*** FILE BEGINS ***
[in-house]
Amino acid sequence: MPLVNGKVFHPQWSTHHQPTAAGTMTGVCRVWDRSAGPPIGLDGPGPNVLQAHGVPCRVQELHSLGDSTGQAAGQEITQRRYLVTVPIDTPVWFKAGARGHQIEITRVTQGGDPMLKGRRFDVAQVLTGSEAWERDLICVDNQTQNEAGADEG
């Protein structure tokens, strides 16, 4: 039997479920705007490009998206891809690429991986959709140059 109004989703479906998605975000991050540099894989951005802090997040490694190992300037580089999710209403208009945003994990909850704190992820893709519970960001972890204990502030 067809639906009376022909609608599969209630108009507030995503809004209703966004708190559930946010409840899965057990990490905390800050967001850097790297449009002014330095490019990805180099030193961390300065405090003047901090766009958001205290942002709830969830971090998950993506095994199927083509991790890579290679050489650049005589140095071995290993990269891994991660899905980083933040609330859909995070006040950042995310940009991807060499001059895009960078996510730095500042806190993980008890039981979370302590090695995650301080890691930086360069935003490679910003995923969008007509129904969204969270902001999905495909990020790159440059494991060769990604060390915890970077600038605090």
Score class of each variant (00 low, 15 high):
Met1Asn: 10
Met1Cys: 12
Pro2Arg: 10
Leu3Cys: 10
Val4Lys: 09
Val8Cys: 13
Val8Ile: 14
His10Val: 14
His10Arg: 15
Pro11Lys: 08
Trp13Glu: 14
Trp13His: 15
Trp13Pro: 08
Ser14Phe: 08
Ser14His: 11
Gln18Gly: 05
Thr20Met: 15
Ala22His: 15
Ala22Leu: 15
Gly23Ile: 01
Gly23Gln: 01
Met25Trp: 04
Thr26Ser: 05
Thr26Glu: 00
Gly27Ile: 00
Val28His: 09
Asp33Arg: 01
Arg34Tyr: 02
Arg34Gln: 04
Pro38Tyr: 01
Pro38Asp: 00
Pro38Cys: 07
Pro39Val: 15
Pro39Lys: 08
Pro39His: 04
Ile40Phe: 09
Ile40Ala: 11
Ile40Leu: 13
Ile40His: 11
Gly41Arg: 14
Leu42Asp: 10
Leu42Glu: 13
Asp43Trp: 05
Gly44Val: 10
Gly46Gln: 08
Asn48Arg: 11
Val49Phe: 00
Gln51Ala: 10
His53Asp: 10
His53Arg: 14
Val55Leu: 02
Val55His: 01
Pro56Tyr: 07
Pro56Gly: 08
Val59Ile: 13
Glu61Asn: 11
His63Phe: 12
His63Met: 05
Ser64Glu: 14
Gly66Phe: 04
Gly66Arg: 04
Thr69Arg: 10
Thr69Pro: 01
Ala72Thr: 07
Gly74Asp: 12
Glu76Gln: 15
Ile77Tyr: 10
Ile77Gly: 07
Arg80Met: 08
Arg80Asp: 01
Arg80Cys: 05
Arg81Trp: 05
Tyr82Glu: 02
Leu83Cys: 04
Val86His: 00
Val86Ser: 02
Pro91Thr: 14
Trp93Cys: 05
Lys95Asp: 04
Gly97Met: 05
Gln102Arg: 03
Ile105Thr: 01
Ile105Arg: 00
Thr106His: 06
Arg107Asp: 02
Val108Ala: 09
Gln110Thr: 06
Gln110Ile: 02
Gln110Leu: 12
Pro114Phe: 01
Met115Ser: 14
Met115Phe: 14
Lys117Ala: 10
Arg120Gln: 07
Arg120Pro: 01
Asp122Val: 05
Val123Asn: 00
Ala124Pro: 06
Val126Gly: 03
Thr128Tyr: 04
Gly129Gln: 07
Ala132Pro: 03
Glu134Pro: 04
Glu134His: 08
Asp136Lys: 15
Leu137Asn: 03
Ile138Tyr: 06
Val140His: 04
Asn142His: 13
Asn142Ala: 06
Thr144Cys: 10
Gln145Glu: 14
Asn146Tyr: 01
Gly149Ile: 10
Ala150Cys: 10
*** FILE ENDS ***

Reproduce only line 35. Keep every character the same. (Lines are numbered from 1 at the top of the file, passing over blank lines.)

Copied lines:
Pro38Asp: 00